Huckabee and Paul

Hat-tip to Kristi for the link to a Mary Pride article on what's wrong with Huckabee and why he is NOT a good candidate for homeschoolers.

The interesting part is that Mrs Pride extols Ron Paul's position toward homeschoolers: tax credits and government favors to guarantee certain treatment of homeschoolers by others. Homeschoolers are in big trouble when outspoken homeschool advocates are in favor of getting "help" from the government. Government "help" always always always always always comes with strings attached. Always, not sometimes. If the government is going to "help" homeschoolers, the government will be sticking their nose into our daily life and schedule and curriculum and making sure that we're "bona fide homeschoolers" and all sorts of other interference.

I don't want government "help."
I don't want Ron Paul.
There ain't no such things as a free lunch.

Blog Award

Cheryl decided to give me the Daily Dose Award for being guilty of writing a blog that she has become addicted to and checks daily (thus the name of the award). Thank you, Cheryl, for your kind words and for your enjoyment of my musings.

I am not sure how or who to award in turn. Ever since I signed up for Google Reader, I no longer check blogs daily. Google's technology just says, "Hey, read what Laura wrote today" or "Check out this cute new picture of Izzy" or "Here's Stuckwisch's latest ruminations on Harry Potter." So I no longer have a "daily dose" that I have to go hunting for. Those things come find me. I am spoiled!

Thursday, January 10, 2008

Food for Fasting

So the question of the afternoon is What do you serve at an Ash Wednesday Prayer Breakfast?

Our zone LWML used to have a prayer breakfast on Ash Wednesday, where the food was rolls and donuts and muffins and coffee and juices. Not exactly the makings of a self-denying fast.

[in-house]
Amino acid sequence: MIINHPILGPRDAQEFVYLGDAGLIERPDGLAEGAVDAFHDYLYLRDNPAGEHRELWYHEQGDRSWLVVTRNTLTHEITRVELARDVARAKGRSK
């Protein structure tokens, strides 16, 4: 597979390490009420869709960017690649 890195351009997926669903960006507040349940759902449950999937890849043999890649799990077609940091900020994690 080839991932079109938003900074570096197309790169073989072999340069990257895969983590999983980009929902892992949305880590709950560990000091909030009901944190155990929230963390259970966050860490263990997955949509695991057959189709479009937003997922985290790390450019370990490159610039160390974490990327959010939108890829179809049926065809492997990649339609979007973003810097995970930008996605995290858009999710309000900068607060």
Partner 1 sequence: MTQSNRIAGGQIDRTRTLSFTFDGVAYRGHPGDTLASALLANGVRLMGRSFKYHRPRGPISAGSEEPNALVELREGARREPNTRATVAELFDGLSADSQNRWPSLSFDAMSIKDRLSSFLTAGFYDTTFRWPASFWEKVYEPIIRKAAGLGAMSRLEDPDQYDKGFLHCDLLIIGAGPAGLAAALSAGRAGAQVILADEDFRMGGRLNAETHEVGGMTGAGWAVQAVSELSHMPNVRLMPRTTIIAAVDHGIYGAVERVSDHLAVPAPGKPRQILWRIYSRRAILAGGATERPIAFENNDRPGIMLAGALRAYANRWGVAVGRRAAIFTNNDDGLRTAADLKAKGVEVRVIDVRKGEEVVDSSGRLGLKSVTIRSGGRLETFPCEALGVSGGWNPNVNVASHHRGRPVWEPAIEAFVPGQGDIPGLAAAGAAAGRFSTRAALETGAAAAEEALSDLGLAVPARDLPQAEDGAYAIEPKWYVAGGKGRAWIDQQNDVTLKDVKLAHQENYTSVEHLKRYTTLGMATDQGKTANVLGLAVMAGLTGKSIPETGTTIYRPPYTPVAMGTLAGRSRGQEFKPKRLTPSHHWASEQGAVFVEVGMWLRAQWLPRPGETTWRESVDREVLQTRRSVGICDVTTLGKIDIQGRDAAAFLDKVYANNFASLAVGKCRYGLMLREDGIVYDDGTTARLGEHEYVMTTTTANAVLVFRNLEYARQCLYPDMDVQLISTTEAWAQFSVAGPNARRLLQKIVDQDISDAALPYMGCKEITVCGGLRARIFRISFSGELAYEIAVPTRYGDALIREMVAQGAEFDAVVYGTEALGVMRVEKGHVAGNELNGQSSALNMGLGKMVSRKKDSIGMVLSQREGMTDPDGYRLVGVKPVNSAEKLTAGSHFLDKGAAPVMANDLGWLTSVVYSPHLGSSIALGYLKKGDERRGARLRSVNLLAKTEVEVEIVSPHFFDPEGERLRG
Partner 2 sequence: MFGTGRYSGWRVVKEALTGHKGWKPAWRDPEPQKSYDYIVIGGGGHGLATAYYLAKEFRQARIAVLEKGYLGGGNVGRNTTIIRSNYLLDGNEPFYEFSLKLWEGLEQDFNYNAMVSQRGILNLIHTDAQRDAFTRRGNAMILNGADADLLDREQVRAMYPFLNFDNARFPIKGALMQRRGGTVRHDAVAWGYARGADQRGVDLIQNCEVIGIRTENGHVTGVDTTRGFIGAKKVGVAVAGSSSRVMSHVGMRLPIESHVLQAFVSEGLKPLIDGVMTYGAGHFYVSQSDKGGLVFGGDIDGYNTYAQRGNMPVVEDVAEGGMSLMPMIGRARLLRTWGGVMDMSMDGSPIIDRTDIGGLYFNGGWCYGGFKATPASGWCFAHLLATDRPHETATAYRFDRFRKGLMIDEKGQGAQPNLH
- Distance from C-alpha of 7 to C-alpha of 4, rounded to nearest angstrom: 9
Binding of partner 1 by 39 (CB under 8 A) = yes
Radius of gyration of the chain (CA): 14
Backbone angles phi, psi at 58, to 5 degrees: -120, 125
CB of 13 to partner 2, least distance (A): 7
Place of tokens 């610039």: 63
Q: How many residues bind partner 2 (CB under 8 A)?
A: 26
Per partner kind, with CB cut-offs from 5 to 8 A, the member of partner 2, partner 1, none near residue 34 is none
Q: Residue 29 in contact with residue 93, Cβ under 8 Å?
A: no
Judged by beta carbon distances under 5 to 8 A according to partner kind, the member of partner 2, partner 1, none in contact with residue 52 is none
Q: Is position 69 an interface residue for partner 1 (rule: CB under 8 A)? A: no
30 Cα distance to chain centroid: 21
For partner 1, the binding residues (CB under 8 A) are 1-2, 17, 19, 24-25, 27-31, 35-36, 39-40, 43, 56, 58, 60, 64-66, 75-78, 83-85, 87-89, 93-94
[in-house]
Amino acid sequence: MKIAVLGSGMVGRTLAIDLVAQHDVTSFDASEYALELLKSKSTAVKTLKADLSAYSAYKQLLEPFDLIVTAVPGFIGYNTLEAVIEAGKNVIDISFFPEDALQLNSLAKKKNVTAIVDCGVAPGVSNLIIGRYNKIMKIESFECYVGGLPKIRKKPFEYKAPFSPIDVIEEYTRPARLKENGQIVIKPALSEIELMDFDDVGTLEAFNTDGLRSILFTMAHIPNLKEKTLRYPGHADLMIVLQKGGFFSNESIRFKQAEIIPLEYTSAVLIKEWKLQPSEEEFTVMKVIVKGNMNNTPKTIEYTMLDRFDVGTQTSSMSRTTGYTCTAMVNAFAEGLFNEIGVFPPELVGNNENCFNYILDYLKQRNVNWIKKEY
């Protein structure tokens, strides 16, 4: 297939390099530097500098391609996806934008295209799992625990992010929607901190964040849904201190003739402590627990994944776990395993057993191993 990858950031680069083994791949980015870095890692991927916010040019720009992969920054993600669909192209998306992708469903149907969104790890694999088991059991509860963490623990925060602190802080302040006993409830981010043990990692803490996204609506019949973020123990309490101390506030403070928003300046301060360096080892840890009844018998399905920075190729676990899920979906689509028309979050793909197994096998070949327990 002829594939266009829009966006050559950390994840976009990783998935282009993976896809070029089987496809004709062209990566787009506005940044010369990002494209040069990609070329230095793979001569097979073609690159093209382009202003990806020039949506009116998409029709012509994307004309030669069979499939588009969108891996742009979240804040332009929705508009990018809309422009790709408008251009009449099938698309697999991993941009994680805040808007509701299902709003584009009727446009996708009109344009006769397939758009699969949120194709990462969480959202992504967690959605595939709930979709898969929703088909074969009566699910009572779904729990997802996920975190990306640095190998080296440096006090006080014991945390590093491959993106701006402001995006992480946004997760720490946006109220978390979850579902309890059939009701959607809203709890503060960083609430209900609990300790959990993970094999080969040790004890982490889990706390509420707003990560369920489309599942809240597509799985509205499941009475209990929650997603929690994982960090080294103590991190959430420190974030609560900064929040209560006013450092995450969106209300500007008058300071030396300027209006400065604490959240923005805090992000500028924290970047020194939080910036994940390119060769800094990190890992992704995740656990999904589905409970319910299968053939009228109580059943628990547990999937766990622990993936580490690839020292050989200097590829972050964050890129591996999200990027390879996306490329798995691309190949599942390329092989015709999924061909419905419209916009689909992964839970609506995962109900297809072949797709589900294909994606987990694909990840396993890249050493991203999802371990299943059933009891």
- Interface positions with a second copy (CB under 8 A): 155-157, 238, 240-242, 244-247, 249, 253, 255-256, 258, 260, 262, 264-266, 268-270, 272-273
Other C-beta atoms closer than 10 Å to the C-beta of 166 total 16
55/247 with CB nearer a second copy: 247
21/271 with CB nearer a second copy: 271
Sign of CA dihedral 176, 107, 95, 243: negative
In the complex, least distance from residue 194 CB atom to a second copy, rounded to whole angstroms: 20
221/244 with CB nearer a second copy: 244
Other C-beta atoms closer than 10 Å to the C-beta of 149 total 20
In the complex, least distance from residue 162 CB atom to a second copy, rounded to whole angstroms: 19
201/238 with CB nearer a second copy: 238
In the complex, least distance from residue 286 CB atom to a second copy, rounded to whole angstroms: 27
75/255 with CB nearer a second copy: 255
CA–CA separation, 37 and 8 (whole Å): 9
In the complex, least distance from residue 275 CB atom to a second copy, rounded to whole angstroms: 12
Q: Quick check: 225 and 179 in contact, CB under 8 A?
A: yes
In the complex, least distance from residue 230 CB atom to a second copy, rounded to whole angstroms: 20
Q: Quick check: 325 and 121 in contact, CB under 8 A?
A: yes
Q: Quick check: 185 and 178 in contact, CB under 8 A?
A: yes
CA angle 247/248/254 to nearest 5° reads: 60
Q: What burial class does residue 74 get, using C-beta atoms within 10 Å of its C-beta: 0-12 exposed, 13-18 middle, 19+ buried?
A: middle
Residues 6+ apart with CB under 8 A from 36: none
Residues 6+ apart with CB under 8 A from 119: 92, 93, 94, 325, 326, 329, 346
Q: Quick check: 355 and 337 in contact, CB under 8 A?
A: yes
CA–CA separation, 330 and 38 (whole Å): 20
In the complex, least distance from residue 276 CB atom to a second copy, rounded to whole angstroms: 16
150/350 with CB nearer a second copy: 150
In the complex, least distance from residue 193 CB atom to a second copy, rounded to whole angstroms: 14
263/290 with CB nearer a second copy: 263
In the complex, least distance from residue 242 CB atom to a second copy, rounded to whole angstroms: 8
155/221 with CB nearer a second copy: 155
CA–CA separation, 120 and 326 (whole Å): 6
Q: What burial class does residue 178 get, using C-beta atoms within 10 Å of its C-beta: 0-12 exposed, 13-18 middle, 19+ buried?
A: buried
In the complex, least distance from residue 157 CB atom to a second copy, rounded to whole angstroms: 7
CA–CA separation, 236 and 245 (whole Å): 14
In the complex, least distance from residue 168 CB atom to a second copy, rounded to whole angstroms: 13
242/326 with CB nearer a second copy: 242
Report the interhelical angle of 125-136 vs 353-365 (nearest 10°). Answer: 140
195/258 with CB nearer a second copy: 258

However, in recent years the breakfast has gone fancy: delectable egg casseroles and meats and fruit salads and awesome sweets. The ladies of our church are supposed to host this year. Last time they served, they didn't make the eye-popping, belt-loosening breakfast, and there were complaints that just "coffee and donuts" isn't really a breakfast.

My theory is that our ladies should serve oatmeal, bagels (and even have butter with them), coffee, and juice. I'd do it myself, except that I have to go to work on Wednesday mornings. But it is an interesting question to ponder: what food does one SERVE for a fast-day?

Suggestions, anyone?

Love Comes Softly

We recently finished a series of movies [loosely] based on the books by Janette Oke. The stories are sweet and wholesome and have funny parts, set in the West during pioneer days. Love Comes Softly is the first book, where a woman ends up married to a man, intending only to be the nanny for several months until the wagon train comes through and she can head back East. Love's Enduring Promise is the story of the little girl in the first book, grown-up, having to choose between the dashing young man and the sturdy hard worker. Love's Long Journey followed up the story of that couple, and this time there were bad guys to face. Love's Abiding Joy continued their story, this time with an altogether different kind of bad guy plaguing their town. Love's Unending Legacy brings the heroine back to her hometown and brings new people into her family. The next installment of the series is due out late this spring.